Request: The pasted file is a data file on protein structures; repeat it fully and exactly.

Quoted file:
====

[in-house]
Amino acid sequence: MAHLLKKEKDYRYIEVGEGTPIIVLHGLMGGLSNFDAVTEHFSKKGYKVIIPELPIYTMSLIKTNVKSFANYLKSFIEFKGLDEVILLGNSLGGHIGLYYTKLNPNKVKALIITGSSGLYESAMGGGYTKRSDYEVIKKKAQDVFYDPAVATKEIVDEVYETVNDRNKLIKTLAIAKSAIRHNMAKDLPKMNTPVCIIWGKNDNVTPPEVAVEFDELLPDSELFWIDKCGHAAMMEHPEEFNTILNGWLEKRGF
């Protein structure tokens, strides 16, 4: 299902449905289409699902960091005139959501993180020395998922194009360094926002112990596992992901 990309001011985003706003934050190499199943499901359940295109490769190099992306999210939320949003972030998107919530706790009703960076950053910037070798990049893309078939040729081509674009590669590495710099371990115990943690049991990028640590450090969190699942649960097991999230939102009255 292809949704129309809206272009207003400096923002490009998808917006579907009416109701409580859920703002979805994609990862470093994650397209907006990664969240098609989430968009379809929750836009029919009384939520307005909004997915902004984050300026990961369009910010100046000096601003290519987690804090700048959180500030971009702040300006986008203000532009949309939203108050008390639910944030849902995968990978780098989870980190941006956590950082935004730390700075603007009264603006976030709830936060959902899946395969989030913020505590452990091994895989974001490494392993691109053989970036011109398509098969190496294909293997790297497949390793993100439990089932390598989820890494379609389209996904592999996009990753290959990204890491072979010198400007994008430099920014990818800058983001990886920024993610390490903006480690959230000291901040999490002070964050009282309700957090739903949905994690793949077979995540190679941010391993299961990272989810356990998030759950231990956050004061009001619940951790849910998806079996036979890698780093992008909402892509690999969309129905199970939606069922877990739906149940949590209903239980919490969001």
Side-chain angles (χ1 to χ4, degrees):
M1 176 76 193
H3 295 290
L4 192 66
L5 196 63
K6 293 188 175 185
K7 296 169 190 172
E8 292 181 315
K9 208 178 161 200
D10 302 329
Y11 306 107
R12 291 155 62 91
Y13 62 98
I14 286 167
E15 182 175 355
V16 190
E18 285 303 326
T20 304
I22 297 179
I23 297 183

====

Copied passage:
[in-house]
Amino acid sequence: MAHLLKKEKDYRYIEVGEGTPIIVLHGLMGGLSNFDAVTEHFSKKGYKVIIPELPIYTMSLIKTNVKSFANYLKSFIEFKGLDEVILLGNSLGGHIGLYYTKLNPNKVKALIITGSSGLYESAMGGGYTKRSDYEVIKKKAQDVFYDPAVATKEIVDEVYETVNDRNKLIKTLAIAKSAIRHNMAKDLPKMNTPVCIIWGKNDNVTPPEVAVEFDELLPDSELFWIDKCGHAAMMEHPEEFNTILNGWLEKRGF
């Protein structure tokens, strides 16, 4: 299902449905289409699902960091005139959501993180020395998922194009360094926002112990596992992901 990309001011985003706003934050190499199943499901359940295109490769190099992306999210939320949003972030998107919530706790009703960076950053910037070798990049893309078939040729081509674009590669590495710099371990115990943690049991990028640590450090969190699942649960097991999230939102009255 292809949704129309809206272009207003400096923002490009998808917006579907009416109701409580859920703002979805994609990862470093994650397209907006990664969240098609989430968009379809929750836009029919009384939520307005909004997915902004984050300026990961369009910010100046000096601003290519987690804090700048959180500030971009702040300006986008203000532009949309939203108050008390639910944030849902995968990978780098989870980190941006956590950082935004730390700075603007009264603006976030709830936060959902899946395969989030913020505590452990091994895989974001490494392993691109053989970036011109398509098969190496294909293997790297497949390793993100439990089932390598989820890494379609389209996904592999996009990753290959990204890491072979010198400007994008430099920014990818800058983001990886920024993610390490903006480690959230000291901040999490002070964050009282309700957090739903949905994690793949077979995540190679941010391993299961990272989810356990998030759950231990956050004061009001619940951790849910998806079996036979890698780093992008909402892509690999969309129905199970939606069922877990739906149940949590209903239980919490969001």
Side-chain angles (χ1 to χ4, degrees):
M1 176 76 193
H3 295 290
L4 192 66
L5 196 63
K6 293 188 175 185
K7 296 169 190 172
E8 292 181 315
K9 208 178 161 200
D10 302 329
Y11 306 107
R12 291 155 62 91
Y13 62 98
I14 286 167
E15 182 175 355
V16 190
E18 285 303 326
T20 304
I22 297 179
I23 297 183